If you fancy an excavator for general use, there is plenty of choice in the 13-tonne sector, but what should you be looking for?
Geoff Ashcroft takes a look at a popular Komatsu PC138US.
With a range of excavators from one to 300 tonnes, it is fair to say Japanese construction machinery firm Komatsu knows a thing or two about diggers.
One of its more popular models is the PC138US. It sits in the 13-tonne category, but offers a short rear radius, which means the counterweight barely sticks out over the tracks.
Compared to the firm’s regular PC130, the short radius model is much easier to work with in confined spaces without worrying about what the back end might bash.
Ideal then, for occasional farm-based operations. The PC138US is still a current machine, but now carries a dash 11 suffix, along with all the emissions-based paraphernalia associated with it.
This 2005 model PC138US-2 was sold in the UK from 2000-2006, until the PC138US-8 rolled in meeting EU Stage 3a regulations with common rail fuel injection, a revised turbocharger and a couple more horses, along with a lower working noise level.
Little has altered over the years. In the change from dash 2 to dash 8, the latter machine gained better sound insulation, larger mirrors for better visibility, and the switch from emery-paper-type non-slip floor plates to a punched-plate design.
You might also find one with an optional dozer blade on its undercarriage.
Field service engineer Dale Gilberston from UK distributor Marubeni-Komatsu guides us around this 12-year-old, 5,000-hour PC138US-2.
Almost buried inside the counterweight is a Komatsu four-pot turbo diesel pushing out 88hp for the PC138US-2.
You will need to climb up the off-side front and onto the top of the machine to lift the bonnet and peer inside.
This one is a Stage 2 complaint unit, and is not burdened by EGR valves, DPF, SCR catalyst or common rail injection.
It is also has a non-variable geometry turbocharger and the mechanical fuel injection pump is cable controlled, but uses an electric throttle controller in the cab.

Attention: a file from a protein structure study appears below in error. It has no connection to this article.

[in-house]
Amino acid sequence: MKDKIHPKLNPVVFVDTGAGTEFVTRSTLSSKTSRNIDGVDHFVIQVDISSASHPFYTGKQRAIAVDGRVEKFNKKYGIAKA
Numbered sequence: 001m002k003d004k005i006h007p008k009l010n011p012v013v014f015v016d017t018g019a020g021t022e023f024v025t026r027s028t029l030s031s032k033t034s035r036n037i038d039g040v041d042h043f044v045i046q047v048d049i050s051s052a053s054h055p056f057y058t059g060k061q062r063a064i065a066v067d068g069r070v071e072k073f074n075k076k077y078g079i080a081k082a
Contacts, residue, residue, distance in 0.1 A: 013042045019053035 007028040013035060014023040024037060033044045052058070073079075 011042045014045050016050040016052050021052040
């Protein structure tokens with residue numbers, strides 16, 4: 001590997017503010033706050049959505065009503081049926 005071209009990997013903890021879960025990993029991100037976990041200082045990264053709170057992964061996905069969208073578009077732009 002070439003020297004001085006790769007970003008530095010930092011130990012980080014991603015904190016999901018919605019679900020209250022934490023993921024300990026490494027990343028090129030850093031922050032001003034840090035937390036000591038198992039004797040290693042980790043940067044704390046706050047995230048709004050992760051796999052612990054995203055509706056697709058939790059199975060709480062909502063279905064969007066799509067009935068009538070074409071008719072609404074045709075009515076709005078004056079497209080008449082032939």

However, the mechanically straight-forward four-pot can suffer blow-by if not worked hard.
Mr Gilberston says: “It usually points to piston rings and bores, but most should have been sorted during their lifetime while under warranty.
“Look at the engine breather; if oil spots appear on the undercarriage, it is likely to need some attention.”
He says you should not fear a high-hour machine if it has been well looked after and worked hard.
The life-blood of an excavator is its hydraulic system. And there are 70 litres inside the PC138US-2.
A sight glass lets you assess oil level and the colour, with the latter being a good indication of oil condition.
Dark hydraulic oil suggests it might have over-stayed its welcome, and is also an indication the oil has become hot.
My Gilberston says: “It can happen when a machine spends a long time on a hydraulic breaker. Check the handbook to know where to position the boom, arm and bucket before you can check the correct hydraulic oil level, as every machine is measured differently.”
Operate the machine and listen for pump noise when carrying out several functions at once.
The hydraulic system is not the quietest of machines, but a screaming pump under heavy load can suggest cavitation and a loss of hydraulic power.
“The tracks draw 100 per cent of pump power, so dial in full throttle and just track the machine around. It should move easily and should have power enough in one track to turn the machine.”
Mr Gilberston suggests putting the bucket on the ground at the side of the tracks and easing one track off the ground.
He says: “Run one track for a minute in either direction and cycle the track speed change to make sure it works.
“If it stays permanently in low, you will be looking at a replacement track motor.”